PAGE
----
Moreover, the trade remedy laws are playing an even more important role as the Biden Administration and Congress look to strengthen U.S. manufacturing. For example, key congressional stakeholders, including Sen. Robert Casey (D-PA), are reportedly considering new legislation that would enhance the ability of the U.S. government to “self-initiate” AD/CVD cases where foreign subsidies, dumping, or other market distortions are reducing investment in U.S. development and manufacturing of critical technologies and products. As leaders in many of the priority technologies that Congress and President Biden have highlighted as essential to U.S. national and supply chain security — such as transportation, advanced materials, and aerospace, to name a few — companies in the gear industry will undoubtedly be affected by these and similar proposals.
The bottom line is 2021 will see many critical trade policy decisions and new trade laws that will shape the direction of the gear industry for years to come. Companies that engage with policymakers and closely monitor these developments will be well positioned to minimize any adverse impacts and take advantage of the new opportunities that our ever-evolving trade laws present.
To help you better understand and prepare for these challenges and opportunities, AGMA is continuing its regular trade webinar series for the remainder of 2021. This year, we are excited to be partnering with the law firm DLA Piper LLP and its more than 80 offices around the world to examine cutting edge trade issues from an expanded global perspective. Be sure to check regularly for further details on the webinar series at www.agma.org/education/online/webinars.
April 29, 2021
External Helical Gear Contact Mesh Analysis*
Evaluation of loaded tooth contact and development of tooth modifications using commercially available software to improve Khb and optimize power density. Two real life gearing examples will be presented in the course, one will have a cantilever mounted pinion, the other a shaft pinion straddled non-symmetrically by bearings.
This course is IACET accredited and worth 0.3 CEUs.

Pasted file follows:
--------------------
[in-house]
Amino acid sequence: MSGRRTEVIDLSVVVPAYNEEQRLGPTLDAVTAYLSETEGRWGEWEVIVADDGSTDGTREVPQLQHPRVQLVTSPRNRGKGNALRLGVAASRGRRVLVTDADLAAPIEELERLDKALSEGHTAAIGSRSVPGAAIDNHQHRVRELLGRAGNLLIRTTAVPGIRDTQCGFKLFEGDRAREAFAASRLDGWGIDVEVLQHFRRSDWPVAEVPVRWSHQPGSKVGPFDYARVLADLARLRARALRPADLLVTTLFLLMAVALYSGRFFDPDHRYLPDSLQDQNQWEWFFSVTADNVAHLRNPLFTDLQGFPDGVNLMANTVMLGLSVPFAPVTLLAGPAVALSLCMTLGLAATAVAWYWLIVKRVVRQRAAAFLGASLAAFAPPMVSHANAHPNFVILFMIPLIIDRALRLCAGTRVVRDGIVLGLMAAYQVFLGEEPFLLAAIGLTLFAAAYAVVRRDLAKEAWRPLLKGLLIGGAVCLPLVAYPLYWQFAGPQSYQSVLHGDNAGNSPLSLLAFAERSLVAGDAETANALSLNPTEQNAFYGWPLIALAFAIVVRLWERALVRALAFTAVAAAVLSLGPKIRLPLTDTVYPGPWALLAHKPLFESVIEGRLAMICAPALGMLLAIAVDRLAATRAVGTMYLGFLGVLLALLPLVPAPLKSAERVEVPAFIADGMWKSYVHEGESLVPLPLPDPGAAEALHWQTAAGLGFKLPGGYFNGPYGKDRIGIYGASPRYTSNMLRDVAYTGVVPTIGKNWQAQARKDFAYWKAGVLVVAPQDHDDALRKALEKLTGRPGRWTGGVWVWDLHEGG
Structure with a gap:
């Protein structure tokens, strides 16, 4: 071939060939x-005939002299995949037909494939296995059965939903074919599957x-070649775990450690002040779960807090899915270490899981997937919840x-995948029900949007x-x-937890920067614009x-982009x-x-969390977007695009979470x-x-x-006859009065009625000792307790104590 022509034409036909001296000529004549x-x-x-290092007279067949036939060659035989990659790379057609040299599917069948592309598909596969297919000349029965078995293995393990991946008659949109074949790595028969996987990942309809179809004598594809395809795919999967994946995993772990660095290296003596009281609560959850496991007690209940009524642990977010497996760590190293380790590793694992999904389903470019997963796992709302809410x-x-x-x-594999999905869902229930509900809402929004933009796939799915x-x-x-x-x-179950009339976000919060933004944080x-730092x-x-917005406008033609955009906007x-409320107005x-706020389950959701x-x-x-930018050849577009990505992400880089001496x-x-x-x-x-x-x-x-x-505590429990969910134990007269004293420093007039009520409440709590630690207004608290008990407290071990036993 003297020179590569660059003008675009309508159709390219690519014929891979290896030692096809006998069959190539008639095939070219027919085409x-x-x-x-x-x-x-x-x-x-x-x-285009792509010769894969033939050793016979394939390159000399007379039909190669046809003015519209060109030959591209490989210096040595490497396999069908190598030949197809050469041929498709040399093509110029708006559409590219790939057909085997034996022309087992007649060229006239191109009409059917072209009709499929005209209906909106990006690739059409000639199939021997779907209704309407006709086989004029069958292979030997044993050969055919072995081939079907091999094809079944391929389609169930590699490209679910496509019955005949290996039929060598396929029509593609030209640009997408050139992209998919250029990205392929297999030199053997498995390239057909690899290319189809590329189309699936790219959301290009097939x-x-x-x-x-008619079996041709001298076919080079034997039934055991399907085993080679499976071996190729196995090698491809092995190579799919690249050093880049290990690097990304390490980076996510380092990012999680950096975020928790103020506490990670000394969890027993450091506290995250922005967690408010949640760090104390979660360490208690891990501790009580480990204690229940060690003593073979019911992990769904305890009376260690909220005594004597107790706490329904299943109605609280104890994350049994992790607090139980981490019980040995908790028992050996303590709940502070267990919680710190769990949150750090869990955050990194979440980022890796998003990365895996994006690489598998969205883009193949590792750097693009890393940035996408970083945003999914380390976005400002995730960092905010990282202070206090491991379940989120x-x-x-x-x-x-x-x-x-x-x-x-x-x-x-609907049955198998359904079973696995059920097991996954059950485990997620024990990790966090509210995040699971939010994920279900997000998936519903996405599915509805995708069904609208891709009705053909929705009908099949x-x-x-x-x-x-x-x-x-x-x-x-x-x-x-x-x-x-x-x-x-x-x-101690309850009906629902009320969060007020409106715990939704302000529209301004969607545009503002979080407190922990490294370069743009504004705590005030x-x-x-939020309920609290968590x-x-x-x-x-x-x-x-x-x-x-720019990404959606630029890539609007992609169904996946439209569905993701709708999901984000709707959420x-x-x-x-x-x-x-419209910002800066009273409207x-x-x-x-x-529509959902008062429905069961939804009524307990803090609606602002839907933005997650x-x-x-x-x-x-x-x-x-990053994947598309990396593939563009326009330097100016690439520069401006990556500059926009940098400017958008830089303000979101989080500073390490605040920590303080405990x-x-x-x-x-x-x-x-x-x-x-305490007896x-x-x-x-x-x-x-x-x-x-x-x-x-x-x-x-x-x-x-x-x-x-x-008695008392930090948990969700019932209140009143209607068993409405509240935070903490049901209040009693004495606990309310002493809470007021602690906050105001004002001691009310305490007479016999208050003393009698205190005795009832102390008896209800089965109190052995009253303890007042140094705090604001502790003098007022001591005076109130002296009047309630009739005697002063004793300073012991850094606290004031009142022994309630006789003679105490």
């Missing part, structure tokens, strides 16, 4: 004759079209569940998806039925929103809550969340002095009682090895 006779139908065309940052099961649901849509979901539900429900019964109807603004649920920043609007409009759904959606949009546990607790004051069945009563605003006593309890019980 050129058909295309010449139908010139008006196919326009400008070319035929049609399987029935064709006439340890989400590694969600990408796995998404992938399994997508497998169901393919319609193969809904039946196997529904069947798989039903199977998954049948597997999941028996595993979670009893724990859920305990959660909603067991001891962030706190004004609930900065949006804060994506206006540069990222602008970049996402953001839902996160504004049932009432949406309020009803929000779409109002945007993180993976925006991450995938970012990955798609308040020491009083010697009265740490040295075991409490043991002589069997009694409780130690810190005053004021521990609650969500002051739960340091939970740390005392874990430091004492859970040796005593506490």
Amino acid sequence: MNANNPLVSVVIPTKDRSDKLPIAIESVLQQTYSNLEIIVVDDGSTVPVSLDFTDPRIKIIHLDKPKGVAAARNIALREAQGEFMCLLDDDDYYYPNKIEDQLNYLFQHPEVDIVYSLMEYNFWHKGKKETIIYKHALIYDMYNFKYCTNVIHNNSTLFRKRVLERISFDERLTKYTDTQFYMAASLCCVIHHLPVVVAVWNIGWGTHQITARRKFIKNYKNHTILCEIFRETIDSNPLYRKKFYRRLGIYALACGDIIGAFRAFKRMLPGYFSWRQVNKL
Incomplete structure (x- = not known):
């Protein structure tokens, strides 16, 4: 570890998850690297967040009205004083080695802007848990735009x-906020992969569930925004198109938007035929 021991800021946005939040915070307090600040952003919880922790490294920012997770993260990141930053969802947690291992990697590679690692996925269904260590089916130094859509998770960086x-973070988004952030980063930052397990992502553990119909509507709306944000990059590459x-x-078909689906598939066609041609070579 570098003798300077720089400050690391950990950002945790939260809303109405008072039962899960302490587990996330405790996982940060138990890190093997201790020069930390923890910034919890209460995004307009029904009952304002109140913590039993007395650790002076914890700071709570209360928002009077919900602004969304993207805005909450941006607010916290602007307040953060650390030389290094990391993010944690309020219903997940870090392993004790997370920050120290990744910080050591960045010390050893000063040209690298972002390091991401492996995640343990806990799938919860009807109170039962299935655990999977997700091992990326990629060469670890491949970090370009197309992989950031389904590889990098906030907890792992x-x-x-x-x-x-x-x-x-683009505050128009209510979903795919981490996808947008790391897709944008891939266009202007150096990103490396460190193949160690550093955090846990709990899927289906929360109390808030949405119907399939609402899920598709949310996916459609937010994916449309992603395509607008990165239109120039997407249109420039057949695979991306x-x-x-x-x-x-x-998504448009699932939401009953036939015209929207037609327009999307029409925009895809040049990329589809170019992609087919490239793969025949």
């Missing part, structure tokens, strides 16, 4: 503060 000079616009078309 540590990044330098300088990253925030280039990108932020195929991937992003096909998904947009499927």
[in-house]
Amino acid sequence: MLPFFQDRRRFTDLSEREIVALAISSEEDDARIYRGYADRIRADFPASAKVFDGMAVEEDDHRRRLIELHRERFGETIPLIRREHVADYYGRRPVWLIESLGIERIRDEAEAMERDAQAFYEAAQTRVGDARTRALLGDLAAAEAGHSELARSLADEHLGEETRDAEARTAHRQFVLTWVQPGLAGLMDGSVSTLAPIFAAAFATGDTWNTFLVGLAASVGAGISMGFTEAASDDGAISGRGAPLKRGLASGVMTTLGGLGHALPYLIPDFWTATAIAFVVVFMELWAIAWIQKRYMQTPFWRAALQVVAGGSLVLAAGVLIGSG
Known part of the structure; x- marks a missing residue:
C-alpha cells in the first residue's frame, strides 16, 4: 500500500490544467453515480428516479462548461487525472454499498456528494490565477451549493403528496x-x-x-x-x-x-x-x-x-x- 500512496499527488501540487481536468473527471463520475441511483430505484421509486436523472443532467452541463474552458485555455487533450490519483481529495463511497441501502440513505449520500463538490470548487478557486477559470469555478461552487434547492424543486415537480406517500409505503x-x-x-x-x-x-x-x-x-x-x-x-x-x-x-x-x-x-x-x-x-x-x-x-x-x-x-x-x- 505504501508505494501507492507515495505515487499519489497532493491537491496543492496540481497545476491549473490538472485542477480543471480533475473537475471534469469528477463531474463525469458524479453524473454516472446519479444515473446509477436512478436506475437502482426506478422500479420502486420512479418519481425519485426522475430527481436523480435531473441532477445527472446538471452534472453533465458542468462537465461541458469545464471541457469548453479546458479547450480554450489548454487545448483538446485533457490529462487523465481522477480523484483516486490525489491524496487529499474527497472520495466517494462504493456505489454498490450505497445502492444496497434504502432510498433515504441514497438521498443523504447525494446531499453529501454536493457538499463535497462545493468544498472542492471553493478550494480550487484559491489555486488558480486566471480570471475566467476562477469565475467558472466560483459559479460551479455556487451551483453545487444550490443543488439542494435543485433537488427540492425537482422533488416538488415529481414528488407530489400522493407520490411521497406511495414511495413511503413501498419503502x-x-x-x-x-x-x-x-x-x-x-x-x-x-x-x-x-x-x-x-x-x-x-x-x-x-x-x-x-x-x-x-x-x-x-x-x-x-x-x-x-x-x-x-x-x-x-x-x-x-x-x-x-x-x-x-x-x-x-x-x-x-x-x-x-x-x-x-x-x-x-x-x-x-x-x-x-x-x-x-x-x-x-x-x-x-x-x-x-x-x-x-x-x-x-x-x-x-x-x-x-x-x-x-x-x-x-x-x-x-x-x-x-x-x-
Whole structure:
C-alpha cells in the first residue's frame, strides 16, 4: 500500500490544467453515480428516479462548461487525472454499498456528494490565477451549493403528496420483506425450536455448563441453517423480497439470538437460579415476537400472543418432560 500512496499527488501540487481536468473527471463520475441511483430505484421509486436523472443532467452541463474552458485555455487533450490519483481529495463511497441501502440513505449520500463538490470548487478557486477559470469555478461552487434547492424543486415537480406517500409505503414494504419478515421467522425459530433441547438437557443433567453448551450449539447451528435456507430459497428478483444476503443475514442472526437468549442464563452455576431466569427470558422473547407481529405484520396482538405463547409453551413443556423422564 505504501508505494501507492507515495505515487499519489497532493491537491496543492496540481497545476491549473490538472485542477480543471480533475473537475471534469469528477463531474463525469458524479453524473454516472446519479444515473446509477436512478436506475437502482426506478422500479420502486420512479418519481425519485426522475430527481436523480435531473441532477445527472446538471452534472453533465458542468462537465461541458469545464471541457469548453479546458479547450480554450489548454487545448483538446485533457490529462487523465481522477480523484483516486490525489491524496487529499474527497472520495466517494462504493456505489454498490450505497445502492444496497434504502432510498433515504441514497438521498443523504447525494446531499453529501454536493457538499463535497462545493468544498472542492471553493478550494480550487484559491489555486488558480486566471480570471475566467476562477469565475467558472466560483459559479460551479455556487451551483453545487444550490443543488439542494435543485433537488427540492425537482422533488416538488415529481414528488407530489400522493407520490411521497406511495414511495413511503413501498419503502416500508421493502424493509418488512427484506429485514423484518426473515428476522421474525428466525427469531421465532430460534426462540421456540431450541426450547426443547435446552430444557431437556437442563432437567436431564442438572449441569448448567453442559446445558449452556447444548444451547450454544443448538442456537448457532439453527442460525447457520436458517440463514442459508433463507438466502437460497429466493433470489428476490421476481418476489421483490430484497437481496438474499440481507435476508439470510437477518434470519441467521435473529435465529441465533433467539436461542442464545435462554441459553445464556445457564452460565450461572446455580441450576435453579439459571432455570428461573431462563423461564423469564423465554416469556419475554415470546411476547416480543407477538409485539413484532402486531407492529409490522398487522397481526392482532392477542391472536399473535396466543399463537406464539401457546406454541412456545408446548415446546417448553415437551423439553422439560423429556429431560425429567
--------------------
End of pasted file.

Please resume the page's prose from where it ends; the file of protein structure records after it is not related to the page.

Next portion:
*Deadline to sign up is April 22, 2021.
May 12-13, 2021
How to Read and Interpret a Gear Inspection Report*
This new and expanded eight-hour online course is intended to provide you with a thorough understanding of the attributes of a gear and how their design are critical to ensure the required operation and function of the gear system as expected.
This course is IACET accredited and worth 0.6 CEUs.
*Deadline to sign up is May 4, 2021.
Emerging Technology Webinar Series starts In April
The goal of the AGMA Emerging Technology committees is to identify, investigate, and inform AGMA members of emerging technologies that may disrupt or significantly affect the power transmission industry. To fulfill this promise, AGMA introduces a high-level Emerging Technology Webinar Series. Join us the first Wednesday of the month for a speaker on a topic chosen by one of the four AGMA committees: IIoT, electric drive, robotics & automation, or 3D printing:
APRIL: Let’s Understand How to Comply with CMMC — Jon Powvens, Director of Cybersecurity for MxD.
MAY: Learn more about Center for Automotive Research Industry X — Brett Smith, Director, Technology for CAR.
JUNE: How Software Can Level the Playing Field for Robot Integration — Dr. Kel Guerin, Co-Founder and CIO for READY Robotics.
JULY: Harness the Power of Machine Data — Graham Immerman, VP of Marketing for Machine Metrics.
AUGUST: When Discussing Electric Vehicles, You Must Talk About the Consumers — Ike Dovorany, VP, Automotive & Mobility for Escalent.
SEPTEMBER: AGMA’s Emerging Technology Efforts – What’s Next? — Mary Ellen Doran, Director, Emerging Technology for AGMA.
These webinars are free for members. Register today at www.agma.org
Calendar of Events
April 15 — Lubrication Committee Meeting — WebEx
April 22 — Gear Accuracy Committee — WebEx
April 27 — Nomenclature Committee — WebEx
April 27 — Robotics & Automation Committee Meeting — WebEx
April 29 — Metallurgy & Materials Committee — WebEx
May 6 — Market Intelligence Committee Meeting — WebEx
May 12 — Bevel Gearing Committee Meeting — WebEx
May 13 — TDEC Meeting — WebEx
May 20 — Lubrication Committee Meeting — WebEx
May 27 — Nomenclature Committee Meeting — WebEx
June 3 — Metallurgy & Materials Committee — WebEx
June 9 — Gear Accuracy Committee — WebEx
June 18 — 3D Printing Committee Meeting — WebEx
June 29 — Robotics & Automation Committee Meeting — WebEx